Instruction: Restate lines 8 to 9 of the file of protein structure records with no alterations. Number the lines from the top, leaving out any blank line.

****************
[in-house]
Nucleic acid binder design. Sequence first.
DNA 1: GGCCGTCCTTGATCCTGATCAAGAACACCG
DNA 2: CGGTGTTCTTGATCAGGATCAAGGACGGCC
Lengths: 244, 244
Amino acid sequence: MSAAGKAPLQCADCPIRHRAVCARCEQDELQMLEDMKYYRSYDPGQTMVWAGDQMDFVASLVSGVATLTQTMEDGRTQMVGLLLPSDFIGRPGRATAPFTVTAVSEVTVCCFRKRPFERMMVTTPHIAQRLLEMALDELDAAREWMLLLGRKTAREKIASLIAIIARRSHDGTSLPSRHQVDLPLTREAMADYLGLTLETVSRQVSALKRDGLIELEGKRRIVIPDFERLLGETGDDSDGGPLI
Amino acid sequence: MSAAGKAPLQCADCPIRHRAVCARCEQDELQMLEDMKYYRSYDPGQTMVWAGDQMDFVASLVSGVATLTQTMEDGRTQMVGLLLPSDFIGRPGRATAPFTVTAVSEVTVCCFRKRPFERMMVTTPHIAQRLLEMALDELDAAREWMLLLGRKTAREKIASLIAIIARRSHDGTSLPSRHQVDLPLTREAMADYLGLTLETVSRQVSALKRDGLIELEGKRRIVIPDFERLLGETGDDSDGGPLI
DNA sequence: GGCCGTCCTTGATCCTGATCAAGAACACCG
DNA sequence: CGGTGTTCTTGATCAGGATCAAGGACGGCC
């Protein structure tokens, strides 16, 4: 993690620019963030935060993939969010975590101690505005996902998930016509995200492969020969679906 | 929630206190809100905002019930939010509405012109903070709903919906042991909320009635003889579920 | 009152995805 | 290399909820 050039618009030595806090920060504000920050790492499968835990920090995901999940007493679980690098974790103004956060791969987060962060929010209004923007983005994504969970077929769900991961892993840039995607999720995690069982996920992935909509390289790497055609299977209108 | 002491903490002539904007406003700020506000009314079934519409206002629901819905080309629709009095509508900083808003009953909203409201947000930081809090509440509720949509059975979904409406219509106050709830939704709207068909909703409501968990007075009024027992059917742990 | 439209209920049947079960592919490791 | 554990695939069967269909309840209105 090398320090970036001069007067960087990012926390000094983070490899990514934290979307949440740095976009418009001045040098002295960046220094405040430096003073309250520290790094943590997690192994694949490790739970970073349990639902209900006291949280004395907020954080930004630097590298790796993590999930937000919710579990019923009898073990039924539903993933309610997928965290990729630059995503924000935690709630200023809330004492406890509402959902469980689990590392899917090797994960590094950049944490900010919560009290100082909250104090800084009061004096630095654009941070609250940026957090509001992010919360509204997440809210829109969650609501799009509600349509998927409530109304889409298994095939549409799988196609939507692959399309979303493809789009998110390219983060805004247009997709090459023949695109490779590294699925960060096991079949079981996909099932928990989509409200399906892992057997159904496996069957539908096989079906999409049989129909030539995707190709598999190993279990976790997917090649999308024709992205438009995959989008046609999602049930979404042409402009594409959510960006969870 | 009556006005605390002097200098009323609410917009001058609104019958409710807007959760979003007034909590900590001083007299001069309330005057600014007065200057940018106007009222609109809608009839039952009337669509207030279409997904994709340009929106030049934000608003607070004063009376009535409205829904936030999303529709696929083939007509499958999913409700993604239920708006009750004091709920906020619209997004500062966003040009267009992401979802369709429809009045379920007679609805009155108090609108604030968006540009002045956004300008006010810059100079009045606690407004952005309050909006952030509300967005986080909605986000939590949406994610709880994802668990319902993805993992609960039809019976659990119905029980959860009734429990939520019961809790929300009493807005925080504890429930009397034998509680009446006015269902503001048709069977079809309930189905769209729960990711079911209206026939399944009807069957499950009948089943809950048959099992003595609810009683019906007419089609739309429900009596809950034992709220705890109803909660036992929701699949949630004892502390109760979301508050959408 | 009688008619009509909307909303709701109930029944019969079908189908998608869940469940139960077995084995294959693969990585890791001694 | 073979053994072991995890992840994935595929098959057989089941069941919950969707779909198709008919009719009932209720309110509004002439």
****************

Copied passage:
DNA sequence: GGCCGTCCTTGATCCTGATCAAGAACACCG
DNA sequence: CGGTGTTCTTGATCAGGATCAAGGACGGCC